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1966--The four-day failed student strike at UC Berkeley led by SDS

Prior history: the FSM free speech victories of 1964--65


In 1965 the Free Speech Movement achieved important victories in the decades-long conflict between student political organizations and the University administration.  The FSM was able to win two major changes in administration policies related to student political activities on campus:  1) Rallies were to be permitted on the Sproul Hall (administration building) steps and in Sproul Plaza, without regulation of content and 2) Student organizations could set up tables in designated campus locations, distribute political material and recruit students, also without regard to political content.  Permits were to be applied for, but would require no more than two days advance notice.  These significant changes in administration policy were the result of months of FSM sit-ins at Sproul Hall and approximately 800 student arrests.  The new policies had been agreed to in principle by the administration, but specific rules and regulations had not been formulated, creating the conditions for future conflict.

FSM and the Kerr Directives, 1964


UC President Clark Kerr was generally sympathetic to the students' demands for freedom of speech and assembly, but with limitations that were demanded by the Regents. Kerr had previously developed a set of rules governing student political activity on campus that came to be known as the Kerr Directives.  The overall effect of the directives was to codify the restrictions on student political activity that had been applied somewhat inconsistently in the past by the Regents and the administration.  Student resistance to the Directives became a major factor behind the FSM's sit-ins and student strike  Although the administration had accepted many of the FSM's demands in principle, The Kerr Directives and the university policies they supported needed to be officially modified or scrapped if the FSM's victory was to be implemented.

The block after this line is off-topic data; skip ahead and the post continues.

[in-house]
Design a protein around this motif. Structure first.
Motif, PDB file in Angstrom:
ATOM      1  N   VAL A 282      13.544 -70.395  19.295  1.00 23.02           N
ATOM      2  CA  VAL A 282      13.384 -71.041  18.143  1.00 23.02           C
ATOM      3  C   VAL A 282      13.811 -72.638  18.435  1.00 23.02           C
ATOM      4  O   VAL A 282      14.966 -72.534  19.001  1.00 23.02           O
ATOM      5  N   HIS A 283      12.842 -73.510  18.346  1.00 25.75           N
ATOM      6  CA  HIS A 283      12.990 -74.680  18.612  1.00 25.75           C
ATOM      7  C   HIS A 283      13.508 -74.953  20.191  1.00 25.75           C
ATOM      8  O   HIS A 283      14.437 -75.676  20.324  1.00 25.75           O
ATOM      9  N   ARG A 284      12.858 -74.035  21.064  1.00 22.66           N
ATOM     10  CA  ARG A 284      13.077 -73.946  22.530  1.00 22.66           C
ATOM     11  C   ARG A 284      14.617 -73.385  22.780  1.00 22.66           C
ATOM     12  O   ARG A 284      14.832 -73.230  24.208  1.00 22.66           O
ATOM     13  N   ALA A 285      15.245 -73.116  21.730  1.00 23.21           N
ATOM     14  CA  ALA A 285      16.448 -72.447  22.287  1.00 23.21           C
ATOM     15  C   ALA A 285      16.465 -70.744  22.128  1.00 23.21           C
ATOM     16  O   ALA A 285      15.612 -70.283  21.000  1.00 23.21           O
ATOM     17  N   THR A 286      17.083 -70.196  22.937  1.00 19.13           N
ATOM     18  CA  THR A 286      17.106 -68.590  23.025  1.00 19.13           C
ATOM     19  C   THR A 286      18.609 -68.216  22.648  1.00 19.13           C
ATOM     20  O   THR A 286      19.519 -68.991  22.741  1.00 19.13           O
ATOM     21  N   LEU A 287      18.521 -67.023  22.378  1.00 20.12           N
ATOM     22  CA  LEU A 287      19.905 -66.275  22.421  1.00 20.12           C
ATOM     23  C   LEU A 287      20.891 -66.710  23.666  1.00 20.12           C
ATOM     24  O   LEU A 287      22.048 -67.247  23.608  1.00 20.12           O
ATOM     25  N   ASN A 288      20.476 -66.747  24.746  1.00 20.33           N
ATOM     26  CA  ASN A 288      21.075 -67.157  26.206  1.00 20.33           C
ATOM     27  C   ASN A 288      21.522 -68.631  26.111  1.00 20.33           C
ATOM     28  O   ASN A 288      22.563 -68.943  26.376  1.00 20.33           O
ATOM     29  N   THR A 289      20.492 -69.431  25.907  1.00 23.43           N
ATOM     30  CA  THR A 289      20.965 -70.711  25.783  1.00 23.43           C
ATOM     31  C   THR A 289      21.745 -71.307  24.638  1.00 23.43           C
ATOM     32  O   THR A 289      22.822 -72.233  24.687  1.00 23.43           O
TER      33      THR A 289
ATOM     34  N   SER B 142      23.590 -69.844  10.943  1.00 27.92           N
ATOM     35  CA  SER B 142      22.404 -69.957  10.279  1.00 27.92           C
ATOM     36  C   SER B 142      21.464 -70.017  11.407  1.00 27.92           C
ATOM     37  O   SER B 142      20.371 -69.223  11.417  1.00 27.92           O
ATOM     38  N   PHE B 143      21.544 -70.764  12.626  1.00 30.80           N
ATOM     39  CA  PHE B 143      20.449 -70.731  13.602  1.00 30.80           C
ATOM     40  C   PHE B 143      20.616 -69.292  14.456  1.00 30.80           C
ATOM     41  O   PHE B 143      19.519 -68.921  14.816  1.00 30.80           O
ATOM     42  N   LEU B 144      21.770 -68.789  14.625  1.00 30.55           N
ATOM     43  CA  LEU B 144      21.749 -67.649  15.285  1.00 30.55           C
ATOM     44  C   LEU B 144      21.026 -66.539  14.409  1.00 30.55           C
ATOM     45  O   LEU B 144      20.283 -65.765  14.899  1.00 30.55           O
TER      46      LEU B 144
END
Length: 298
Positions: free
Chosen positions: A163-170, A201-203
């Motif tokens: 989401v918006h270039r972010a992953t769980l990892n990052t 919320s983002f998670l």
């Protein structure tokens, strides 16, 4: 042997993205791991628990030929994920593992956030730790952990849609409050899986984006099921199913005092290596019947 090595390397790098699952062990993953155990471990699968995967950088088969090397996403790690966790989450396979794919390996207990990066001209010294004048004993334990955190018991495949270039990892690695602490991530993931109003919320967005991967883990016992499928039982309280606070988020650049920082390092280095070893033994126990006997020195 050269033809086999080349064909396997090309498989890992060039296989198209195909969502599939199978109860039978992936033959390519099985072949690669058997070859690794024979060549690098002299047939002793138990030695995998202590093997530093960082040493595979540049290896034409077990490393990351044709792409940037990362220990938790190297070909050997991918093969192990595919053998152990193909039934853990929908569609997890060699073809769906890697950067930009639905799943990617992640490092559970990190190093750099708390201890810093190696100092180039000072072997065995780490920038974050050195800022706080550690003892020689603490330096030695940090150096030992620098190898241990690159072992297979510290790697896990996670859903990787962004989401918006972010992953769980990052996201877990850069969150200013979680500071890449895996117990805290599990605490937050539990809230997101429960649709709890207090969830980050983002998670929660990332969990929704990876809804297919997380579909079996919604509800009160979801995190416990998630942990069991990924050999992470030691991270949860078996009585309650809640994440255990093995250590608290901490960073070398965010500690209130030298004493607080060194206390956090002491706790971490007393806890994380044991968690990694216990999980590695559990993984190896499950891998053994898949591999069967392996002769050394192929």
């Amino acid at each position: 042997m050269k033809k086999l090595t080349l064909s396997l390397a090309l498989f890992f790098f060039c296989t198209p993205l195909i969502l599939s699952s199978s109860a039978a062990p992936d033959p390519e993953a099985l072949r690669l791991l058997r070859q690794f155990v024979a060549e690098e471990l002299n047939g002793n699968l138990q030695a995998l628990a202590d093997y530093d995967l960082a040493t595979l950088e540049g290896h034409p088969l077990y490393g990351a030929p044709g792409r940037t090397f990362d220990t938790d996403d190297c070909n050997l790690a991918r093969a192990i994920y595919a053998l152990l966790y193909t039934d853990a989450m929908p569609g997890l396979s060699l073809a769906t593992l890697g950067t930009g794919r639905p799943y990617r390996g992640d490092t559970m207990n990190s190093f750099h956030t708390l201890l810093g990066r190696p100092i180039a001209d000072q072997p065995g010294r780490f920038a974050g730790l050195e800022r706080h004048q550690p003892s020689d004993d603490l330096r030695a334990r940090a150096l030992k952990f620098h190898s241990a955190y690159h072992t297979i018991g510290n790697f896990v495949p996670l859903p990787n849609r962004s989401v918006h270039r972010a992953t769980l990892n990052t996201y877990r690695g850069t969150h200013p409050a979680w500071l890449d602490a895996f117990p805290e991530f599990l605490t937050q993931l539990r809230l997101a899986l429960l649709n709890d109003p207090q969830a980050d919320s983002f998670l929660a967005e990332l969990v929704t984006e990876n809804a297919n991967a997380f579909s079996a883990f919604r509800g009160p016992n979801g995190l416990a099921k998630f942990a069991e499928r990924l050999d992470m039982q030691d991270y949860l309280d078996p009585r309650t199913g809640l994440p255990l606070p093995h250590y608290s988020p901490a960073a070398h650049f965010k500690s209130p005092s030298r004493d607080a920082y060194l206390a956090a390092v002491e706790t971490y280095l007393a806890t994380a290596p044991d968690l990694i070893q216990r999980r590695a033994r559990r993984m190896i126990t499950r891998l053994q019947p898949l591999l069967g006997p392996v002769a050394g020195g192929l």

After its "success," the FSM lost focus and was unable to make plans for monitoring and enforcing its victories.  In addition, SLATE was in the process of dissolving itself and abandoning its function as a liberal umbrella for student political activity.  


Kerr and his Directives, post-FSM


Kerr took advantage of the lull in progressive student activity  to formulate a revision of the Kerr Directives, with input from the administration and the faculty, but not the students.  California's political landscape was changing.  The public backlash against UC Berkeley's "dirty mess" became a deciding factor in the race for California Governor.  Reagan's outspoken condemnation of the UC Berkeley student radicals and their "permissive" administration was effective in winning him the election.  Kerr's revision of the Directives preserved the ideals of students' rights of free speech and assembly on campus, but imposed restrictions that limited students' exercise of those rights.























The ROTC table that led to the strike


On November 30, 1966, U.S. Navy ROTC recruiters set up a table on the ground floor of the Student Union, with the permission of the University Administration.  The Student Union was nominally under the control of the ASUC, and that organization had not granted Naval ROTC permission to set up the table.  The administration's rules actually forbade all such tables in the Union and students were quick to insist that if ROTC could set one up, so could anyone else.   


The SDS anti-draft table


At this point, the campus chapter of Students For a Democratic Society (SDS), a group that was trying to gain influence on campus and nationally, provoked a confrontation  which quickly escalated into a near riot.  SDS chose to take immediate action against the Naval ROTC table without a thought-out plan.  An anti-draft table was hastily set up right next to the ROTC table.  Unsurprisingly, tempers flared and a fistfight broke out between fraternity supporters of the ROTC table and the SDSers and their supporters, some of whom were non-students. Tables and literature were trashed and someone called the Alameda County Sheriffs.  Seven students and Mario Savio, no longer a student, were arrested.